The penultimate book by the late Tony Judt, one of the finest and most searching of modern historians, who died this past August from ALS, aged 62. The title is from a poem by Oliver Goldsmith, circa 1770 ("Ill fares the land, to hastening ills a prey/Where wealth accumulates and men decay"), but the subject could not be more contemporary: the troubling state of modern America, where we face huge challenges, yet seem to have lost our confidence to carry out large-scale public works.
Sternberg Press, 2010
This book, which began as an issue of e-flux journal
, poses a key but rarely asked question. It’s also a model for a new (or perhaps that should be old) kind of reduced footprint publishing: small, light and unobtrusively designed — almost reticent. Contains a wealth of illuminating discussion from Boris Groys, Martha Rosler, Hal Foster, and other art-worlders.
Penguin Books, 2009
Like a lot of people, I’m a new convert to the great German writer Hans Fallada, whose Alone in Berlin was probably my novel of the year. Based on a real case, it takes you to the cruel heart of the Nazi regime where the smallest acts of resistance exact an immense cost. Fallada seems to inhabit every one of his characters. Excruciatingly claustrophobic, but brilliant.
Penguin Press, 2010
A leading social historian, Judt died in 2010 from an incurable degenerative disease. He was full of contradictions: a European social democrat who preferred life in America; a Jew despised by Zionists. Judt has written a clear-eyed memoir of growing up in post war Britain. It is a work suffused with poetic fire and unsentimental wisdom.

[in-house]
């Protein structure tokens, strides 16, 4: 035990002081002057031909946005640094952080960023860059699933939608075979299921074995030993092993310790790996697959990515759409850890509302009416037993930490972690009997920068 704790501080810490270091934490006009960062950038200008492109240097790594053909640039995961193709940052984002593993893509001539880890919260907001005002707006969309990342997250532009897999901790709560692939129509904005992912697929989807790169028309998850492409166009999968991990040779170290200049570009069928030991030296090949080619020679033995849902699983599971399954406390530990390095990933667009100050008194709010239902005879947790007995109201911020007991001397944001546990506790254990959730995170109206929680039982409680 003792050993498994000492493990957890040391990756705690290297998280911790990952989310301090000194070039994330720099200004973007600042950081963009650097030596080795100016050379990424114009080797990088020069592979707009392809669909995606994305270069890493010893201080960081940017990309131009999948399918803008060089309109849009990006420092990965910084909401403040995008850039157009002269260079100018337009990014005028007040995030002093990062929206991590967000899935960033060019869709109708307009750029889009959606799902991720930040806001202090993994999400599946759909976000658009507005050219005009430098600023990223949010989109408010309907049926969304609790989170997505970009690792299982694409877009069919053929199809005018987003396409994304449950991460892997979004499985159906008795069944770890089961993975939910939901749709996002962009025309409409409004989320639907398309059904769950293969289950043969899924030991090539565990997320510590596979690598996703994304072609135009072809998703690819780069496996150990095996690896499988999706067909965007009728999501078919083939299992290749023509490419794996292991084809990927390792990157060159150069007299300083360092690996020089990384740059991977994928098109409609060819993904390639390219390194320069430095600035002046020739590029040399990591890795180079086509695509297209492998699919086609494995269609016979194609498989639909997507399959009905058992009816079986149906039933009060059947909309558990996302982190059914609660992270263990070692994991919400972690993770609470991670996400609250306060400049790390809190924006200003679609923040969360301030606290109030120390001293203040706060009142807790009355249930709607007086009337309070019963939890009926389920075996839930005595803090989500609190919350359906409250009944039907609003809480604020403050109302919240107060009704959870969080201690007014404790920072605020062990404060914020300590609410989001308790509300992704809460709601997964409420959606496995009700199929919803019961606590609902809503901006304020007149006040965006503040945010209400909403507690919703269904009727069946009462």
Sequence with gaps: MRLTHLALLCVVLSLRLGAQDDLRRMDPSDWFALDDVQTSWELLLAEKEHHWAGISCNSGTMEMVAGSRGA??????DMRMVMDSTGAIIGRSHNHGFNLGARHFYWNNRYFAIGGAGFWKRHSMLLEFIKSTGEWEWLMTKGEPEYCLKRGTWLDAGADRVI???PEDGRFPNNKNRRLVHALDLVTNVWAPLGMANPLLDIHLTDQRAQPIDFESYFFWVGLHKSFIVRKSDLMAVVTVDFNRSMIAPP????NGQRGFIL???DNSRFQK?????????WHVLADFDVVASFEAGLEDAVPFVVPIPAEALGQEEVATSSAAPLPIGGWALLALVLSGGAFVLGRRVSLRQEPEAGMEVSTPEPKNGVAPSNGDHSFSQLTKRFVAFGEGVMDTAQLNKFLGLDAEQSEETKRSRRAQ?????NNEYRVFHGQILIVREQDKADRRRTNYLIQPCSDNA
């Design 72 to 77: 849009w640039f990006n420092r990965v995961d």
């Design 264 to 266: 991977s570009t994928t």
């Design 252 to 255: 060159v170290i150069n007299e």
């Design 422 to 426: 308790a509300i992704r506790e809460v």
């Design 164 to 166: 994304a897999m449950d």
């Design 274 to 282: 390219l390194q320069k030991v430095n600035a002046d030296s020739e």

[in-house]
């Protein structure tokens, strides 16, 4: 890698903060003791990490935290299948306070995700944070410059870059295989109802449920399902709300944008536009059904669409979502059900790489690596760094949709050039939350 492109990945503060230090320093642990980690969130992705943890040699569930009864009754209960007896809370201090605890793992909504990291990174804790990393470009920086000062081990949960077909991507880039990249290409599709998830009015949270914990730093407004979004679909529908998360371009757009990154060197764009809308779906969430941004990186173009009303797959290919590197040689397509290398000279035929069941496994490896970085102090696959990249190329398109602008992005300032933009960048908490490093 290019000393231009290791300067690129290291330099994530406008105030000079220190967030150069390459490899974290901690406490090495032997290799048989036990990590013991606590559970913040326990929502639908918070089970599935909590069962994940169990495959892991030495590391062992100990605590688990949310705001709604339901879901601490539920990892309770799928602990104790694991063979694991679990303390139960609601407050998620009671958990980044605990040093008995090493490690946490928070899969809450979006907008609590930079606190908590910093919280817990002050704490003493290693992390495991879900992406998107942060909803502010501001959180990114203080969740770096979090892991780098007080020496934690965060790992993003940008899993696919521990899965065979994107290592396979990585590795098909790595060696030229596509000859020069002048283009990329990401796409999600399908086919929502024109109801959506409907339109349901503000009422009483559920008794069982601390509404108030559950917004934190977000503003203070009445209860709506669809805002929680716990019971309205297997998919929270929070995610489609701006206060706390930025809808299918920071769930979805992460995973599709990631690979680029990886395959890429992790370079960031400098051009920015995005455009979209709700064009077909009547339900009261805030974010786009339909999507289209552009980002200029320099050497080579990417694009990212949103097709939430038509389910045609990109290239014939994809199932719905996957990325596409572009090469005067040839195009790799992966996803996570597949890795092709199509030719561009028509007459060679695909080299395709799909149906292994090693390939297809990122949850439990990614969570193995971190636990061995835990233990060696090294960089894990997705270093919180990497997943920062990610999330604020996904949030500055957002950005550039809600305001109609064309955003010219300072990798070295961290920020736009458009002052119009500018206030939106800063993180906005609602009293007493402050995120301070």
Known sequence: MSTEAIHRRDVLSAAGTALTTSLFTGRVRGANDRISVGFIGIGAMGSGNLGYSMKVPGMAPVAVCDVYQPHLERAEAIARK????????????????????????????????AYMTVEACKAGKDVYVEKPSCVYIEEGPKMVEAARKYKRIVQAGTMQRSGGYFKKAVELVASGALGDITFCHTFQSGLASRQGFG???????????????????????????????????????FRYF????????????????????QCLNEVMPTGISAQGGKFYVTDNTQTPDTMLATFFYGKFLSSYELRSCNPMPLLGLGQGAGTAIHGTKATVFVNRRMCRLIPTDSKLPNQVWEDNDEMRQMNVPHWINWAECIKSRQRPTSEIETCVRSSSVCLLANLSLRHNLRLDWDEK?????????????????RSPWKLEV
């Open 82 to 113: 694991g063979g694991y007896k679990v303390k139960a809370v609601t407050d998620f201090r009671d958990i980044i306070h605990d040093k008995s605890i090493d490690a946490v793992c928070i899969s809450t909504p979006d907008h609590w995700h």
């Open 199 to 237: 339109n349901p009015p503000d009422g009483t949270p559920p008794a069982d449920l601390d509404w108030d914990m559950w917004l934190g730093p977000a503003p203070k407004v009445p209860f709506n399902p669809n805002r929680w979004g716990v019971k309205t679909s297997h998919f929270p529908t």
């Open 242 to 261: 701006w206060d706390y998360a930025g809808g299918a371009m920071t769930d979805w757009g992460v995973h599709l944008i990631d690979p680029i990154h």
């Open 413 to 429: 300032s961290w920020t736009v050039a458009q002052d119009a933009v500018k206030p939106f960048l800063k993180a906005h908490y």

A lit oddity that plays fast and loose with notions of authorship, truth, reality and perception. Reading it is like diving into fast moving traffic. But what hits you doesn't kill you; just sends you spinning into another lane where new dangers await. A Burroughsian chop up that finds meaning everywhere and offers narrative where you least expect it. Like the internet in book form.
Chronicle Books, 2010
In the 80s and 90s I was wedded to grids, typographic law and sophisticated production techniques, and rarely had time for the anti-formalist fanzine scene. Yet now I look at zines and see a lost Eden: a graphic arcadia that has been submerged in waves of uniformity, visual conservatism, and the homogenizing effect of commercialism.
Kodansha International, 2010
A timely and inspiring book that reminds us how an advanced culture in the past, that faced similar challenges to our own, was able to live sustainably. We can all learn from a society that encouraged humility, considered waste taboo, suggested cooperative solutions and found meaning and satisfaction in a beautiful life.
John Chris Jones
W.W. Norton Company, 2004
An artist-writer-designer whose philosophy – indeed his whole life — first inspired me when I was a young magazine editor more than 30 years ago. It still does.
Berrett-Koehler Publishers, 2010
Why and how business needs to work with with interest groups, communities, and governments to address the wicked sustainability challenges of our time.
Giovanna Borasi, editor
The latest in the CCA’s superb series examining the “themes of contemporary life” (e.g., Sorry, Out of Gas), Journeys takes an eclectic spin along the contours and way stations of globalization — everything from the strange saga of European Union cucumber regulation to the postponed Utopian dreams of Amsterdam’s Bijlmermeer housing complex to how the Chinese are reshaping Brazzaville.
Du Rouergue, 2006
I admittedly bought this ostensible children’s book for my daughter, but I’m one the one who can’t stop looking at it. Lovely illustrations that capture the proper balance of whimsy and elegance of Tati’s Hulot as he bicycles through iconic landscapes. No French required, but a little jouissance wouldn’t hurt.
Clemens Steenbergen, Johan van der Zwart & Joost Grotens
010 Publishers, 2010
Who else but the Dutch would use water and landscape as a weapon? This volume examines the history and legacy of the system of hydrological defense lurking in the land of the polder, with staggeringly beautiful and imaginative cartography, as usual, by Grotens (Atlas of the Conflict, Metropolitan World Atlas).